decision-making-in-orthopaedic-trauma-1st-editionEditor: Meir T. Marmor, MD
Publisher: Thieme – 172 pages, with 39 illustrations
Book Review by: Nano Khilnani

This book fills a great need for easily-accessible, available, and usable information by orthopedic surgeons on a large variety and number of procedures. Such information is not readily found in medical literature today.

The editor of this volume Dr. Meir Marmor writes: “Surgeons, physicians, nurses, therapists and medical staff who treat musculoskeletal injuries need to have a common language and understanding of the critical decisions and management options for the various injuries. However, this information is not easy to come by.”

“The information age in medicine has flooded the medical community with data on the effectiveness of medical treatments. At the same time, the demand for evidence-based medicine has increased the quality and sophistication of medical research, making the interpretation of medical research a task for the experts.”

“Existing websites and textbooks are not always approachable to the non-expert orthopedic trauma surgeon and often lack the simplicity to become useful for a large audience. In some instances, the caregiver treating orthopedic injury only wants to ask an expert in the field, ‘what would you do in these kinds of injuries?’ That is where this book comes in

Nineteen specialist experts including the editor, in specific kinds of orthopedic trauma, authored the 80 chapters of this extensive volume on trauma in orthopedics. We name the chapter titles below to provide you an overview of what you will find in it.

The contributors are all affiliated with the Orthopedic Trauma Institute at UCSF, and the Zuckerberg San Francisco General Hospital and Trauma Center in San Francisco, California.

  1. Compartment Syndrome (CS)
  2. Open Fracture Management
  3. Ballistic Injuries
  4. Vascular Injuries
  5. Traumatic Nerve Injury
  6. Mangled Extremity
  7. Polytrauma Patient
  8. Acute Pain Management
  9. Chronic Pain Management
  10. Venous Thromboembolism (VTE) Prevention
  11. VTE Prevention for Patients on Anticoagulation
  12. Embolic Disease Management
  13. Heteropathic Ossification (HO)
  14. Regional Anesthesia in Orthopedic Surgery
  15. Traumatic Anterior Shoulder Instability
  16. Acromioclavicular Separation
  17. Sternoclavicular Dislocation (SCD)
  18. Clavicle Fractures
  19. Scapulothoracic Dislocation (STD)
  20. Scapula Fractures
  21. Proximal Humerus Fractures
  22. Humeral Shaft Fractures
  23. Distal Humerus Fractures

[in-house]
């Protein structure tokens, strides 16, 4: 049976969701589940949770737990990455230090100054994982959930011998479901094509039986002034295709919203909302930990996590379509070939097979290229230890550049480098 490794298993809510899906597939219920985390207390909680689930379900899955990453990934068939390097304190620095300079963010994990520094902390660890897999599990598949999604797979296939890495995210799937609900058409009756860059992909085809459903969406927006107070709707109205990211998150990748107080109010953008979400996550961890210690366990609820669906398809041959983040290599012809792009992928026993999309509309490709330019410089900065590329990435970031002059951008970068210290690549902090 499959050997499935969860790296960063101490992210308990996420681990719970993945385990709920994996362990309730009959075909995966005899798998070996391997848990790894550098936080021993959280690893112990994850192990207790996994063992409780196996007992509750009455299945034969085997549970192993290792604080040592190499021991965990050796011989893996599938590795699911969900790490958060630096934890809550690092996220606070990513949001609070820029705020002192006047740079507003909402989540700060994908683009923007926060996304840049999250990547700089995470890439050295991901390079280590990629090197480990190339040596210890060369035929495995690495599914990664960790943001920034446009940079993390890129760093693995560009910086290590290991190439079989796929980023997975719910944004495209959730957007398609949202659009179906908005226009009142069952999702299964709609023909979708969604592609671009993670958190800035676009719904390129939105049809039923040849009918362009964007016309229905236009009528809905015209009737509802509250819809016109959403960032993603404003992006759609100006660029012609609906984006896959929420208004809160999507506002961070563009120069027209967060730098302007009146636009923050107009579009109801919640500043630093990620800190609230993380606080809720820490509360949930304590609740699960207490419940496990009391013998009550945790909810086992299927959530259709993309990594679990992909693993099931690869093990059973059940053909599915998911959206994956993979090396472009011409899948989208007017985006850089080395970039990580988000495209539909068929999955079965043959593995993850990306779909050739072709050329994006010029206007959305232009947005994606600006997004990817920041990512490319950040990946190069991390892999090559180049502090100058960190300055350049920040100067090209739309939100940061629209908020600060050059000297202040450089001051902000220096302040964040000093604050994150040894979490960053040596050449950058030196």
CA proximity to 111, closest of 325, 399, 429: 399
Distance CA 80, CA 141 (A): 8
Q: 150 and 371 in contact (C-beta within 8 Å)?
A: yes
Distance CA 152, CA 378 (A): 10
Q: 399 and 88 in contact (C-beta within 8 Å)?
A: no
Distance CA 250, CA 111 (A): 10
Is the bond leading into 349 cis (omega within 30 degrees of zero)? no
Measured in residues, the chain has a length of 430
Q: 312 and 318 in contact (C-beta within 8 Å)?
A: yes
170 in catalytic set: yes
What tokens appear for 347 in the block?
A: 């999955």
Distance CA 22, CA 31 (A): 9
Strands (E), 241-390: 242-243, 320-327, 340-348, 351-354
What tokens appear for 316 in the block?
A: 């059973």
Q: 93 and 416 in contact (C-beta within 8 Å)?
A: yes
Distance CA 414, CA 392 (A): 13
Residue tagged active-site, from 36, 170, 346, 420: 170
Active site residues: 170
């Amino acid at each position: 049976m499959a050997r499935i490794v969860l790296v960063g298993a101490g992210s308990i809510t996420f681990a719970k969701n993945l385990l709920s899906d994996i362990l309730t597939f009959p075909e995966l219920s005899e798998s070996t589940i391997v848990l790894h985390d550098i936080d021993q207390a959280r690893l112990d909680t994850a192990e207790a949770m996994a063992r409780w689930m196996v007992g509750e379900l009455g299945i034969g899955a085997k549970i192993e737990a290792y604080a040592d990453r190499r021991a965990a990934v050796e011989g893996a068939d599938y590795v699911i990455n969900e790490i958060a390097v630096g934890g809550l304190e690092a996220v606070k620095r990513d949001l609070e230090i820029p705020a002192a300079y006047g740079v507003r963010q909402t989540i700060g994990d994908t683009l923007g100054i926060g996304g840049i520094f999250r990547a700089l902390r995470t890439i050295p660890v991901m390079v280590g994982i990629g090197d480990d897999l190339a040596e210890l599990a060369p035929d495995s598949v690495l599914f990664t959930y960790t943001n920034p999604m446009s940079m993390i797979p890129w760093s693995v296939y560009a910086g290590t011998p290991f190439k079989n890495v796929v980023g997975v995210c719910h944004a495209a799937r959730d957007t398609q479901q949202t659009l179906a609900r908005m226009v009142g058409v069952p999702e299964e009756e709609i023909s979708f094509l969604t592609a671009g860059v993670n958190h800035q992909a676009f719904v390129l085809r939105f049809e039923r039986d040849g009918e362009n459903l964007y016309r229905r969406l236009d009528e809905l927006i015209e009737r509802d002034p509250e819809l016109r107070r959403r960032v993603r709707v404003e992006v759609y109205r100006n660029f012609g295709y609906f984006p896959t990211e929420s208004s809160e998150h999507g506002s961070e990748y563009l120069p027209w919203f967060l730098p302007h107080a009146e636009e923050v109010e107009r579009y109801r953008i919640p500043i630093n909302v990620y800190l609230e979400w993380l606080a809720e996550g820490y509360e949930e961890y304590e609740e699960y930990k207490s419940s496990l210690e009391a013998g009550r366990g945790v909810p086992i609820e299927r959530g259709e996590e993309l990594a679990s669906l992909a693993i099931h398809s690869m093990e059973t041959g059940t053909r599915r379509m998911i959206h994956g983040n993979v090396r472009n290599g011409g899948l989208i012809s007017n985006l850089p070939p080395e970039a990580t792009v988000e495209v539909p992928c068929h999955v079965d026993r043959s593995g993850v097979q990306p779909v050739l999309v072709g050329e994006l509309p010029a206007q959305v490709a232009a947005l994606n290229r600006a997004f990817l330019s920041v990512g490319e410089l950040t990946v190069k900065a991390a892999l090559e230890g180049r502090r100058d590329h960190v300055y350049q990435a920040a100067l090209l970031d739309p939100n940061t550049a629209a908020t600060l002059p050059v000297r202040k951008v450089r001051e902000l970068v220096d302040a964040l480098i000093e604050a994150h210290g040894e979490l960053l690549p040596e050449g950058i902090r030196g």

24. Elbow Dislocation / Terrible Triad Injury
  25. Radial Head Fractures
  26. Capitellum Fractures
  27. Olecranon Fractures
  28. Forearm Fractures
  29. Distal Radius Fractures
  30. Scaphold Fractures
  31. Perilunate Dislocation
  32. Extensor Tendon Lacerations
  33. Flexor Tendon Injuries
  34. Finger Replantation
  35. Finger Fractures
  36. Metacarpal Fractures
  37. Metacarpholangeal (MCP) Dislocations
  38. Phalanx Dislocations
  39. Femoral Shaft Fractures
  40. Distal Femur Fractures
  41. Traumatic Knee Dislocation
  42. Patella Fractures
  43. Tibial Plateau Fractures
  44. Tibial Shaft Fractures
  45. Tibial Plafond (Pilon) Fractures
  46. Ankle Fractures
  47. Talus Fractures
  48. Calcaneus Fractures
  49. Lisfranc Fractures
  50. Navicular Fractures
  51. Metatarsal (MT) Fractures
  52. Toe Fractures
  53. Pelvic Ring Fractures
  54. Acetabulum Fractures
  55. Hip Dislocations
  56. Femoral Head Fractures
  57. Femoral Introchanteric Fractures
  58. Femoral Neck Fractures
  59. Femoral Subtrochanteric Fractures
  60. Spinal Cord Injury (SCI)
  61. Adult C-Spine Clearance After Blunt Trauma
  62. Occipitocervical Dislocations (OCD)
  63. Atlas (C1) Fractures and Traverse Ligament Injuries
  64. C2 Odontoid (dens) Fractures
  65. C2 Traumatic Spondylothesis
  66. C#-C7 Facet Dislocations
  67. C3-C7 Lateral Mass Fractures
  68. Geriatric Vertebral Compression Fracture (VCF)
  69. Thoracolumbar Injuries
  70. Bisphosphonate Femur Fractures
  71. Pathological (Neoplastic) Fractures
  72. Periprosthetic Fracture THA: Acetabulum
  73. Periprosthetic Fracture around THA: Femur
  74. Periprosthetic Fracture around TKA: Femur
  75. Periprosthetic Fracture around TKA: Tibia
  76. Periprosthetic Fracture around Total Shoulder Arthroplasty (TSA)
  77. Fracture Delayed and Nonunion
  78. Acute Surgical Infection
  79. Post-Operative Chronic Infection
  80. Bone Defects

In each chapter, a visual schematic diagram is provided that contains boxes of different shapes and colors. By glancing at this graphic, the reader is able to understand the condition and injuries, and make a series of decisions on the available options and the proper courses of action for each case.

Dr. Marmor cautions that the chapters “are not a substitute for detailed comprehensive protocols of management of the various musculoskeletal conditions listed in the book.” Instead, the visual and textual information provided in the chapters are a sort of distillation to enable the surgeon to make the critical decisions necessary to handle each case.

This is an authoritative and extensive volume on orthopedic trauma with experts as contributors, and the unique mode of presentation of information sets it apart from others and makes if highly useful and effective.



Meir T. Marmor, MD is with the Orthopedic Trauma Institute, the University of California San Francisco (UCSF), and the Zuckerberg San Francisco General Hospital and Trauma Center in San Francisco, California.